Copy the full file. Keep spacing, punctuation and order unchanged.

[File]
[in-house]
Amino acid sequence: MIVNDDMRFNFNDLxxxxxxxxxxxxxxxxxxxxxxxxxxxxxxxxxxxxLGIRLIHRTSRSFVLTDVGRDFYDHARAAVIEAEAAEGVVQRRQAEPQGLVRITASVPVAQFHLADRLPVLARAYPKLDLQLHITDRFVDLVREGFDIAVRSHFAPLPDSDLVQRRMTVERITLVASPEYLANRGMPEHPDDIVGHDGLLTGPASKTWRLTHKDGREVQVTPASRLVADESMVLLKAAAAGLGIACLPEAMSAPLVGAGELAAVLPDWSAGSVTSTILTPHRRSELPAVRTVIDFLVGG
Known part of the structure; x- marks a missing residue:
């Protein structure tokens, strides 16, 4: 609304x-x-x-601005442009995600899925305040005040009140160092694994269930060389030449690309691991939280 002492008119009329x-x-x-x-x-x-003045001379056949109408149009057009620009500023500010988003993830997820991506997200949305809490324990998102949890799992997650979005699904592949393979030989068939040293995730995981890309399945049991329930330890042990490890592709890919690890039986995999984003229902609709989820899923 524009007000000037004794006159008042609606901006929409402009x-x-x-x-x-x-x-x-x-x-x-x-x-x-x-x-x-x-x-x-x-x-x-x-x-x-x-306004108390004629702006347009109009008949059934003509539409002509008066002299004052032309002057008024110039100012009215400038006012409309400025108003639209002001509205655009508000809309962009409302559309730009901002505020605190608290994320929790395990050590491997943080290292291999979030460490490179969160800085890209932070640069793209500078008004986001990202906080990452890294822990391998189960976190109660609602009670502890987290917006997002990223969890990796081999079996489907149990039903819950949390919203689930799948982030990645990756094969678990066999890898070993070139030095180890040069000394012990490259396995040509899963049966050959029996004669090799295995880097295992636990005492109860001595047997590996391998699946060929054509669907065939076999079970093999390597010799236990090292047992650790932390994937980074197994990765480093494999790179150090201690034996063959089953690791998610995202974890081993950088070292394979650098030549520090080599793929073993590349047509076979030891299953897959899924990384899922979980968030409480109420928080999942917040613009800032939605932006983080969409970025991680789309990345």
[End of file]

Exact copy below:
[in-house]
Amino acid sequence: MIVNDDMRFNFNDLxxxxxxxxxxxxxxxxxxxxxxxxxxxxxxxxxxxxLGIRLIHRTSRSFVLTDVGRDFYDHARAAVIEAEAAEGVVQRRQAEPQGLVRITASVPVAQFHLADRLPVLARAYPKLDLQLHITDRFVDLVREGFDIAVRSHFAPLPDSDLVQRRMTVERITLVASPEYLANRGMPEHPDDIVGHDGLLTGPASKTWRLTHKDGREVQVTPASRLVADESMVLLKAAAAGLGIACLPEAMSAPLVGAGELAAVLPDWSAGSVTSTILTPHRRSELPAVRTVIDFLVGG
Known part of the structure; x- marks a missing residue:
């Protein structure tokens, strides 16, 4: 609304x-x-x-601005442009995600899925305040005040009140160092694994269930060389030449690309691991939280 002492008119009329x-x-x-x-x-x-003045001379056949109408149009057009620009500023500010988003993830997820991506997200949305809490324990998102949890799992997650979005699904592949393979030989068939040293995730995981890309399945049991329930330890042990490890592709890919690890039986995999984003229902609709989820899923 524009007000000037004794006159008042609606901006929409402009x-x-x-x-x-x-x-x-x-x-x-x-x-x-x-x-x-x-x-x-x-x-x-x-x-x-x-306004108390004629702006347009109009008949059934003509539409002509008066002299004052032309002057008024110039100012009215400038006012409309400025108003639209002001509205655009508000809309962009409302559309730009901002505020605190608290994320929790395990050590491997943080290292291999979030460490490179969160800085890209932070640069793209500078008004986001990202906080990452890294822990391998189960976190109660609602009670502890987290917006997002990223969890990796081999079996489907149990039903819950949390919203689930799948982030990645990756094969678990066999890898070993070139030095180890040069000394012990490259396995040509899963049966050959029996004669090799295995880097295992636990005492109860001595047997590996391998699946060929054509669907065939076999079970093999390597010799236990090292047992650790932390994937980074197994990765480093494999790179150090201690034996063959089953690791998610995202974890081993950088070292394979650098030549520090080599793929073993590349047509076979030891299953897959899924990384899922979980968030409480109420928080999942917040613009800032939605932006983080969409970025991680789309990345």